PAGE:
A wolf lay on the earth, staring restless at the sky. The moon was covered with the sky-fog, and the pack was distant. Restless, the wolf licked its lips and began to pace back and forth, growling and whining at the sky, but that moon would not show, and he felt lost. His stomach clawed. He had not eaten for days, save a rabbit, which was not enough.
Slowly and quietly, he padded low through the brush, his hackles raised as he smelled ill humors on the air. The moon was hidden from him, but he knew this forest. He was stalking to the nearby spring. His mouth was dry with thirst, and he hoped to see deer, even at the hour. If there was a sickly elder, he could perhaps surprise it.
The forest wolf smelled the sweet smell of the trees near the water and slowed as he grew closer, stepping so low and quiet, not even a hawk would see him move. He smelled prey, and he licked his lips. He slowly stalked the small herd by the water, none old or sick, but there was a fawn, and it was wandering by the spring.
As the wolf stood at the edge of the brush he stopped and waited. He was just feet away from the fawn; he was about to pounce. The wind changed. The doe stamped her feet, and the small herd, fawn and all, bolted. The wolf leapt and ran, but he had lost the moment and the nimble deer were soon gone deep in the forest. He whined as he approached the water, drinking long, and then he lay down on the ferns. He looked up as the water began to shine and saw the sky-fog drift. The crescent moon revealed itself.
Quickly rose the wolf, and he howled loud and long so it echoed through the valley, but there was no response except the anxious twittering of the birds. He was lost and hungry and alone. He missed his pack and his mate. For all the scents the wind carried, none were their presence.
A fitful sleep of men with their ear-breaking sticks and lost prey and a moonless sky came across the forest wolf. When he awoke, the sun was creeping over the valley, painting the grey-blue over the trees, but it was not the morning that woke him. It was a smell: the smell of his mate.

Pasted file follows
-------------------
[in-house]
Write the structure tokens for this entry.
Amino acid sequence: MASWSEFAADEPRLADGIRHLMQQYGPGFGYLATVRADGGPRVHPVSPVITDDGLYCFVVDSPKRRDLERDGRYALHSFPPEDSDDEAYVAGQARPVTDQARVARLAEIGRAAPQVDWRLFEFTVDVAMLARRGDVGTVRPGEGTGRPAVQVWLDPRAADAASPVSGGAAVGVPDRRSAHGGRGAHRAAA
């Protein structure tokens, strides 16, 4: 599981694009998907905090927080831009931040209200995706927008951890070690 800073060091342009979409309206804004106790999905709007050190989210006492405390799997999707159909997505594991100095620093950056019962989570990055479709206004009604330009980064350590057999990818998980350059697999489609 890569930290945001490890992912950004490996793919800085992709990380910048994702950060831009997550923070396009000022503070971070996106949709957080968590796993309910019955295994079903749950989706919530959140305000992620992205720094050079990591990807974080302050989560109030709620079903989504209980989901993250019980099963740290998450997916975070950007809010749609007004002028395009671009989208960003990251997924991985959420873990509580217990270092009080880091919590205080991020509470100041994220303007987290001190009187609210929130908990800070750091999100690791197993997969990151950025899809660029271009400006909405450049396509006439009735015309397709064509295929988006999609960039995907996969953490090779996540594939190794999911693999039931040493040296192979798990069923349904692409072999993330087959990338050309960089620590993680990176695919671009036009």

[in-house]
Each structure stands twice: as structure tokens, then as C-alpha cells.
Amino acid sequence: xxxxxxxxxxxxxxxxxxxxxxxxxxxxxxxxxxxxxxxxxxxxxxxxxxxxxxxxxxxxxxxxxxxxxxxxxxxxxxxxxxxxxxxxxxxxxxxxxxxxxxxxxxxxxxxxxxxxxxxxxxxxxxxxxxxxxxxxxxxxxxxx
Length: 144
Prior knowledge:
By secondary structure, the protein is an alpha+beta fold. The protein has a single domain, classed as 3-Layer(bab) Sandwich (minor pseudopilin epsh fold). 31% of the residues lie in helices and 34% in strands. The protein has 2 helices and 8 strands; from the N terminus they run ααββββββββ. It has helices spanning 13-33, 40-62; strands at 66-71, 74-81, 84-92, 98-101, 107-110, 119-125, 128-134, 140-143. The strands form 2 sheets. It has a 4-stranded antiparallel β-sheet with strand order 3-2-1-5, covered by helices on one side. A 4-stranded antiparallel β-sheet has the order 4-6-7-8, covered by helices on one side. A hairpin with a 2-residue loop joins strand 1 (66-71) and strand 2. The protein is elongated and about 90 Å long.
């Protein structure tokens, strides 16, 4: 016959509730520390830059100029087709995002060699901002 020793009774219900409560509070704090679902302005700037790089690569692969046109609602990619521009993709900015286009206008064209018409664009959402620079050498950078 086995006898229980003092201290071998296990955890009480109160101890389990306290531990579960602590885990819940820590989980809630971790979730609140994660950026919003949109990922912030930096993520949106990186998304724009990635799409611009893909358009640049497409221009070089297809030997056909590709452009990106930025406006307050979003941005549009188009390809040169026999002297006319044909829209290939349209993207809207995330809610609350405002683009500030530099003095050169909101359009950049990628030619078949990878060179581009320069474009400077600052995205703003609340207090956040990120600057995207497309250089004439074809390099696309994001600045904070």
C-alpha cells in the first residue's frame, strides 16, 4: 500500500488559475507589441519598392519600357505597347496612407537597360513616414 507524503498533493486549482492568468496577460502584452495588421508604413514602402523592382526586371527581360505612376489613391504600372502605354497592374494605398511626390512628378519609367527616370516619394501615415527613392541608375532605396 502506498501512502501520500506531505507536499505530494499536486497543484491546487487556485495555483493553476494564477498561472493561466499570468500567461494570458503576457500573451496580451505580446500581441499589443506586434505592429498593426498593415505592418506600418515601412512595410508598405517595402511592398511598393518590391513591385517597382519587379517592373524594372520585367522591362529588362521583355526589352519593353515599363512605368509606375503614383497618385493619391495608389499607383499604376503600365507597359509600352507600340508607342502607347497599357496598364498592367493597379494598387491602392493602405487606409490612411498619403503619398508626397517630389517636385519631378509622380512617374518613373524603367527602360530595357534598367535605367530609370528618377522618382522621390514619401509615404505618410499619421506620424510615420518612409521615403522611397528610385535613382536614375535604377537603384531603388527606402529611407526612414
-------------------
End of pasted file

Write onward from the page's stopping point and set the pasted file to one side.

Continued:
The forest wolf bolted to his feet, sniffing at the wind that carried his mate’s scent. With it was something unfamiliar. Finally, as he stood still by the spring, his mate emerged like a spirit from the forest She had a groundhog in her teeth. She dropped it at his feet, and they feasted together. After, they licked each other’s snouts. They were smelling the stories of the other while they greeted, and the forest wolf knew what the unfamiliar smell was. She had run with another pack, and she smelled of far away. She padded a few steps towards the forest, away from the rising sun. He whined, but she barked.
The forest wolf had run with other packs but had grown used to his own, the way they hunted and worked was hard but familiar, and he was a great hunter among them. His mate had found a new pack. She seemed calmer, more at ease. She smelled the air and her tail wagged, and the forest wolf’s tail did not. He licked his lips and shook the feeling from himself, and his mate urged him onwards. He had been found, but now he had to find a new forest. He had to learn to hunt in a new pack, but better that than be lost. He was a great hunter. He could stalk the new forest with his mate in time.
As the mates walked through the forest, the forest wolf looked up, and he saw the moon dipping behind a mountain as the blues and yellows of the sun emerged to bring alight the new place.